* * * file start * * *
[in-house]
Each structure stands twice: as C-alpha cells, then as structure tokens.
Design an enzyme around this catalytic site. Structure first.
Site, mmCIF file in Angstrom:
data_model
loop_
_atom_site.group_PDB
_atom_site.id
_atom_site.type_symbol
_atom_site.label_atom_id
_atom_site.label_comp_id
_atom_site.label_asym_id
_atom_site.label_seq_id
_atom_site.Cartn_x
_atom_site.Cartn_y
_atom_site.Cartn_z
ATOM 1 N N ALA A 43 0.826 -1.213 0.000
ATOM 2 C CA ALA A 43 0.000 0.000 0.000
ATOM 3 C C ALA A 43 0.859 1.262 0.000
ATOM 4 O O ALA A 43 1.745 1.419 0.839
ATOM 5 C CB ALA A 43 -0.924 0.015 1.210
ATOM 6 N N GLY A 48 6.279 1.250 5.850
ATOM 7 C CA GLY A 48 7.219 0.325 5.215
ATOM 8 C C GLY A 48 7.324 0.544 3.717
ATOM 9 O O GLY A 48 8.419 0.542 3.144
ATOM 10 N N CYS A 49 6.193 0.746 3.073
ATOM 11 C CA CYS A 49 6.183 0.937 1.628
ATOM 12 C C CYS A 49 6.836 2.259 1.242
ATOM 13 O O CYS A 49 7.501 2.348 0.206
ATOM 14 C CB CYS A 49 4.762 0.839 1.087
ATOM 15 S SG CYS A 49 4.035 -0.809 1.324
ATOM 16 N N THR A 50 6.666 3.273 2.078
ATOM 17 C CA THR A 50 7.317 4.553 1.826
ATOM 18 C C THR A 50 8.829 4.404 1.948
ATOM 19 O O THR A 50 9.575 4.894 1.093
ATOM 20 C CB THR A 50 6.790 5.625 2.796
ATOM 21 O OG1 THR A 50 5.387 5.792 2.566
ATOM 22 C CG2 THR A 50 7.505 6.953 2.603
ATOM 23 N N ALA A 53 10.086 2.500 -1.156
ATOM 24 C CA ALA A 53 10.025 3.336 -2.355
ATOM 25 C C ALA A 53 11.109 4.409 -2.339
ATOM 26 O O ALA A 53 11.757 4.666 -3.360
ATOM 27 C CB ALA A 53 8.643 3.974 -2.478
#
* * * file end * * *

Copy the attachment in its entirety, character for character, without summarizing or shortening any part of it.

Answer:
[in-house]
Each structure stands twice: as C-alpha cells, then as structure tokens.
Design an enzyme around this catalytic site. Structure first.
Site, mmCIF file in Angstrom:
data_model
loop_
_atom_site.group_PDB
_atom_site.id
_atom_site.type_symbol
_atom_site.label_atom_id
_atom_site.label_comp_id
_atom_site.label_asym_id
_atom_site.label_seq_id
_atom_site.Cartn_x
_atom_site.Cartn_y
_atom_site.Cartn_z
ATOM 1 N N ALA A 43 0.826 -1.213 0.000
ATOM 2 C CA ALA A 43 0.000 0.000 0.000
ATOM 3 C C ALA A 43 0.859 1.262 0.000
ATOM 4 O O ALA A 43 1.745 1.419 0.839
ATOM 5 C CB ALA A 43 -0.924 0.015 1.210
ATOM 6 N N GLY A 48 6.279 1.250 5.850
ATOM 7 C CA GLY A 48 7.219 0.325 5.215
ATOM 8 C C GLY A 48 7.324 0.544 3.717
ATOM 9 O O GLY A 48 8.419 0.542 3.144
ATOM 10 N N CYS A 49 6.193 0.746 3.073
ATOM 11 C CA CYS A 49 6.183 0.937 1.628
ATOM 12 C C CYS A 49 6.836 2.259 1.242
ATOM 13 O O CYS A 49 7.501 2.348 0.206
ATOM 14 C CB CYS A 49 4.762 0.839 1.087
ATOM 15 S SG CYS A 49 4.035 -0.809 1.324
ATOM 16 N N THR A 50 6.666 3.273 2.078
ATOM 17 C CA THR A 50 7.317 4.553 1.826
ATOM 18 C C THR A 50 8.829 4.404 1.948
ATOM 19 O O THR A 50 9.575 4.894 1.093
ATOM 20 C CB THR A 50 6.790 5.625 2.796
ATOM 21 O OG1 THR A 50 5.387 5.792 2.566
ATOM 22 C CG2 THR A 50 7.505 6.953 2.603
ATOM 23 N N ALA A 53 10.086 2.500 -1.156
ATOM 24 C CA ALA A 53 10.025 3.336 -2.355
ATOM 25 C C ALA A 53 11.109 4.409 -2.339
ATOM 26 O O ALA A 53 11.757 4.666 -3.360
ATOM 27 C CB ALA A 53 8.643 3.974 -2.478
#